Dr. Robin Ohringer has served clients as a psychotherapist and social worker for 45 years. In private practice since 1989, Dr. Robin Ohringer draws on in-depth experience in treating post-traumatic stress disorder (PTSD) and other mental health conditions.
Although all human beings respond to surprising events, the learning response may be more intense in military veterans with PTSD. Researchers at the Virginia Tech Carilion Research Institute, or VTCRI, recently conducted brain scans of 74 veterans who had experienced trauma while serving in either Iraq or Afghanistan. Some of these individuals had formal diagnoses of PTSD.
The researchers studied the participants' reactions to surprising events by playing gambling games with them while the participants were connected to MRI scanners. They found that, compared to participants without PTSD diagnoses, participants with such diagnoses had increased levels of activity in attention centers of the brain when something unexpected happened in the game.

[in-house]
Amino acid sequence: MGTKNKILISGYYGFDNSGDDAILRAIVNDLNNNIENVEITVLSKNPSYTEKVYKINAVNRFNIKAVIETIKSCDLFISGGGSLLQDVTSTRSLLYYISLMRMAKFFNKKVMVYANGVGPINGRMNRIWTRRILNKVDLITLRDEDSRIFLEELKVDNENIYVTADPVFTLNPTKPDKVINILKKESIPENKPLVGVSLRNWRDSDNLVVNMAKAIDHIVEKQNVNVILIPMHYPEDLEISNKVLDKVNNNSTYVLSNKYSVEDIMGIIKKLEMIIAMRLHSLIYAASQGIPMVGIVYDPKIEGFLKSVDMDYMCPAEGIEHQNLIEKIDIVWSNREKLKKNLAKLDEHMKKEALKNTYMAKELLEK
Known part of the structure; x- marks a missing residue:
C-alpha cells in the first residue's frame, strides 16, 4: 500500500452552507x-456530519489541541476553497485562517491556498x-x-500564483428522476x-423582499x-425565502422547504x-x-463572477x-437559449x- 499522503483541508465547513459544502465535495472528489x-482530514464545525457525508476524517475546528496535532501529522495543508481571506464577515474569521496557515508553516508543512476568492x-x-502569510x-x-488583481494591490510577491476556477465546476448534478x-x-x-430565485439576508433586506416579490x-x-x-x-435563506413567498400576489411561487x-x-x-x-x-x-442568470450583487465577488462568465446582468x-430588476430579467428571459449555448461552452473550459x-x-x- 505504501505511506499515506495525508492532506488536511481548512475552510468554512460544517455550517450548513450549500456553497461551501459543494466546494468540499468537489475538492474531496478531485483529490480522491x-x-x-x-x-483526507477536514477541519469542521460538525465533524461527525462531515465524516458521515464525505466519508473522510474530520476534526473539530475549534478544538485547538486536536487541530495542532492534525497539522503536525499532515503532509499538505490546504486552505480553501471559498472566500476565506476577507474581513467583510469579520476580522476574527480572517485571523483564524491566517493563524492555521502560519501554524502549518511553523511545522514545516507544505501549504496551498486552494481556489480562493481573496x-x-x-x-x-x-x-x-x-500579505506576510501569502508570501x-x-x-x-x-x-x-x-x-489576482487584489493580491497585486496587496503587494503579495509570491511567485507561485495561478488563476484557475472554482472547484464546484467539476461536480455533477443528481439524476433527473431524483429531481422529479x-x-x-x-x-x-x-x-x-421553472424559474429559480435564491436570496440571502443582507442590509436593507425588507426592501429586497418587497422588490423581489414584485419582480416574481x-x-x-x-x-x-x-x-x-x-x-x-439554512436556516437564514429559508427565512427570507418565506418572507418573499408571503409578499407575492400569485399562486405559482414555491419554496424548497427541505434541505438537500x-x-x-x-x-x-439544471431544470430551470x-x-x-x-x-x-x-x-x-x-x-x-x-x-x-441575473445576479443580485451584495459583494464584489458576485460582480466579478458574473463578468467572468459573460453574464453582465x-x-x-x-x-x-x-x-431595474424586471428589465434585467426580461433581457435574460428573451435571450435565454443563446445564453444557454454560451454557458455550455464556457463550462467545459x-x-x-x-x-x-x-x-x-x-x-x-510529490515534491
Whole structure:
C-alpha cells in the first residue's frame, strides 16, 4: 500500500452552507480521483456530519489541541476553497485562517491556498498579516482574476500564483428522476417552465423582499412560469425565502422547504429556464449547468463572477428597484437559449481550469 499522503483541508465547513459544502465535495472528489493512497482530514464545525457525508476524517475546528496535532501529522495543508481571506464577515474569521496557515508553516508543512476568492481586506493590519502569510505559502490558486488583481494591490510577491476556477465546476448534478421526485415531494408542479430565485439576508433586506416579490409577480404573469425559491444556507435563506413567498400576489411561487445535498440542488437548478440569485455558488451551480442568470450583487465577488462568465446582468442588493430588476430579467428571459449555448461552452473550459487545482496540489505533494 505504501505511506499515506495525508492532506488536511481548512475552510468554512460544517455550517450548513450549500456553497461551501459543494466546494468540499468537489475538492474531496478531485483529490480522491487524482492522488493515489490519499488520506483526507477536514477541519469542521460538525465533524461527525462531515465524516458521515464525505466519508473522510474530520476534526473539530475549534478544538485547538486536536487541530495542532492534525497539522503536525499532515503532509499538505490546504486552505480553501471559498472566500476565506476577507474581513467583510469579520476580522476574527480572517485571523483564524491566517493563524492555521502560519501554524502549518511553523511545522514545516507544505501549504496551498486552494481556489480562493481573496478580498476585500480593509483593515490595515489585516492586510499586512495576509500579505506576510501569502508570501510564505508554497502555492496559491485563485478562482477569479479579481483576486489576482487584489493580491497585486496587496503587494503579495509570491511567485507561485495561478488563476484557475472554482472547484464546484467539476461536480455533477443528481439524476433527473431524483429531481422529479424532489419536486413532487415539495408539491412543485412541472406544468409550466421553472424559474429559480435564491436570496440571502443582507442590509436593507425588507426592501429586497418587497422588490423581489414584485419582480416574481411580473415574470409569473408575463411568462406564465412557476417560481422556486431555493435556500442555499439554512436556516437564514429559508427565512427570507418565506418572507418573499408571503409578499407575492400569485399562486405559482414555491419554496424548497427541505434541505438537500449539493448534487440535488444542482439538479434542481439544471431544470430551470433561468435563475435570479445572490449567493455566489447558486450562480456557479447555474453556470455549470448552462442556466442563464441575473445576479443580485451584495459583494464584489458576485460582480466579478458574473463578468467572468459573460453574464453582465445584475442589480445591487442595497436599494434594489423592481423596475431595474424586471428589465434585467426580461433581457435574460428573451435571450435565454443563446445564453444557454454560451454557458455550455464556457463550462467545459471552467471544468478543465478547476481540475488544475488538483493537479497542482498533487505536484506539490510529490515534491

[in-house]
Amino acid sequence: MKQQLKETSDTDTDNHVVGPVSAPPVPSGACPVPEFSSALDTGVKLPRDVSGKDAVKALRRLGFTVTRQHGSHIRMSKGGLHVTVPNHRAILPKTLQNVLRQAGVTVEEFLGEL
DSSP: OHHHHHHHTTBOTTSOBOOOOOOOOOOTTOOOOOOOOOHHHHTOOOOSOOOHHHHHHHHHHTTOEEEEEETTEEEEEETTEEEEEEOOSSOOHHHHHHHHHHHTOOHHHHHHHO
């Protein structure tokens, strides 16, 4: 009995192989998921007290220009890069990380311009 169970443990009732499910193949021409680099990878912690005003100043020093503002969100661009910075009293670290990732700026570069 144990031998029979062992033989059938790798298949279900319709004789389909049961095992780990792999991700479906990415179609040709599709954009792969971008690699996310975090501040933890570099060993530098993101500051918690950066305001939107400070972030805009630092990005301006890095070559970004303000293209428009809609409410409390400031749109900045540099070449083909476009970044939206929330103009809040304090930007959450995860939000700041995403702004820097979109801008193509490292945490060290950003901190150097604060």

This result supports prior research that individuals with PTSD are more attentive to unexpected occurrences and potential threats, while offering more information about how this occurs. Findings suggest that the disproportionate attention to surprise makes it difficult for such individuals to allocate attention to their surroundings in a typical way. Researchers have noted that awareness of this process may help clinicians in the mental health field to develop more appropriate assessment tools and interventions that specifically address this learning disruption, which may in turn help to reduce symptoms in individuals with PTSD.